Looming Fed interest rate cut prompts investors to dig deeper


Fund managers say they are picking up yield in sectors ranging from energy to technology. An expected interest rate cut by the Federal Reserve later this month is pushing yield-oriented US fund managers further afield in search of income at attractive prices.
While nearly half of the companies in the S&P 500 have a higher dividend yield than the roughly 2.04 per cent yield that benchmark 10-year Treasuries now offer, value-conscious fund managers say they are hesitant to buy shares of companies in dividend-rich utilities or the real estate sector because their valuations are well above historical norms.
Instead, fund managers say, they are picking up yield in sectors ranging from energy to technology. You can’t just throw a dart because some of these typical safe-havens are trading at much higher market multiples than they typically do, said Gary Bradshaw, a portfolio manager of Hodges Blue Chip Equity Income fund.
It’s hard for me to buy a utility company when I could buy a company like Home Depot, which increased its dividend by 32 per cent in March and will likely benefit from a pick-up in the housing market, he said. Shares of Home Depot yield 2.52 per cent and are up nearly 25 per cent year-to-date, as of Thursday’s market close, compared with a roughly 18 per cent gain in the benchmark S&P 500 over the same period. The S&P 500 as a whole yields 2.38 per cent.
With negative bond yields in Japan and Europe, the Fed will likely keep US interest rates low for a very long time, Bradshaw said, putting a premium on companies that can grow their dividends and maintain their yields. Other fund managers are rotating out of the bond market in search of income from equities, which they say appear to offer more sustainable sources of yield.
Obviously, equities are yielding more than bonds here and that’s the game that everybody has to play, said David Clott, a co-portfolio manager of Westwood Income Opportunity fund. The low yields in the fixed-income market are making you take risk elsewhere. As a result, Clott has been reducing his exposure to Treasuries and adding shares of companies like AT&T, which yields 6.13 per cent and has a trailing price-to-earnings ratio of 12.9.
Shares of the company, which plans to launch a streaming service next year to compete with Netflix, are up 16 per cent for the year-to-date. Robert Leininger, portfolio manager of Gabelli Dividend & Income Trust closed-end fund, said he has been adding to his stake in companies such as alcoholic beverage company Molson Coors Brewing and energy giant Schlumberger whose share prices have underperformed this year.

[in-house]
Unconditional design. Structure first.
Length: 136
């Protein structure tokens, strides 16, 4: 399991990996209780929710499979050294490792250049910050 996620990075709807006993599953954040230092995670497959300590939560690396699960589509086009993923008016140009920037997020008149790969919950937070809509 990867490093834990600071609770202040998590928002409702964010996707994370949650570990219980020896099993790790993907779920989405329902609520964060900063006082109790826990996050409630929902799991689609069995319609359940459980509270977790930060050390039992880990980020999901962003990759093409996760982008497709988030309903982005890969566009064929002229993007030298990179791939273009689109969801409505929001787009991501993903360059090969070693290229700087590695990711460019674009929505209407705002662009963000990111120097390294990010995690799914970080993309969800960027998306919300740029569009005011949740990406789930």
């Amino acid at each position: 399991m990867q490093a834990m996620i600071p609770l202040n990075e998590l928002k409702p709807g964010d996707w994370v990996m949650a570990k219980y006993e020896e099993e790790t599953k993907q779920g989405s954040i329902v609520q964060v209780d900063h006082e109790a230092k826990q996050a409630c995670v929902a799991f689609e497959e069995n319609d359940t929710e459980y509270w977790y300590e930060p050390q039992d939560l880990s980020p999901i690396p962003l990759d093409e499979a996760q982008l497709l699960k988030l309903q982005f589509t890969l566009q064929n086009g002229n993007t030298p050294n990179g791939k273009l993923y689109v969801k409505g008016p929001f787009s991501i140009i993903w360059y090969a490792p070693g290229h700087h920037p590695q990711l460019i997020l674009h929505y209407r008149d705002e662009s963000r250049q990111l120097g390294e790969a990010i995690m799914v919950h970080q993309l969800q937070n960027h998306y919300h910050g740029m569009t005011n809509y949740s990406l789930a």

Molson Coors, for instance, is down 3.8 per cent for the year-to-date and offers a dividend yield of 3.02 per cent, while Schlumberger is up 5.5 per cent over the same time and yields 5.18 per cent. It’s been a market that has been focused on growth investing for close to a decade now, Leininger said, unduly punishing otherwise-strong companies that may hit temporary road bumps. Michael Barclay, a portfolio manager of Columbia Dividend Income fund, said he is focusing on picking up income in the technology sector because its strong growth rates will allow companies to increase their dividend payments over time.
While Cisco Systems, Microsoft and Apple are among his fund’s largest holdings, Barclay has also been looking more recently to semi-conductor companies, which are insulated by high barriers to entry and have high free cash flows at a time when other high-dividend sectors like consumer staples have been increasing their leverage. At this point in the cycle, it’s really important to focus on the balance sheet and have as much confidence that you can that a dividend is not going to be cut, he said.

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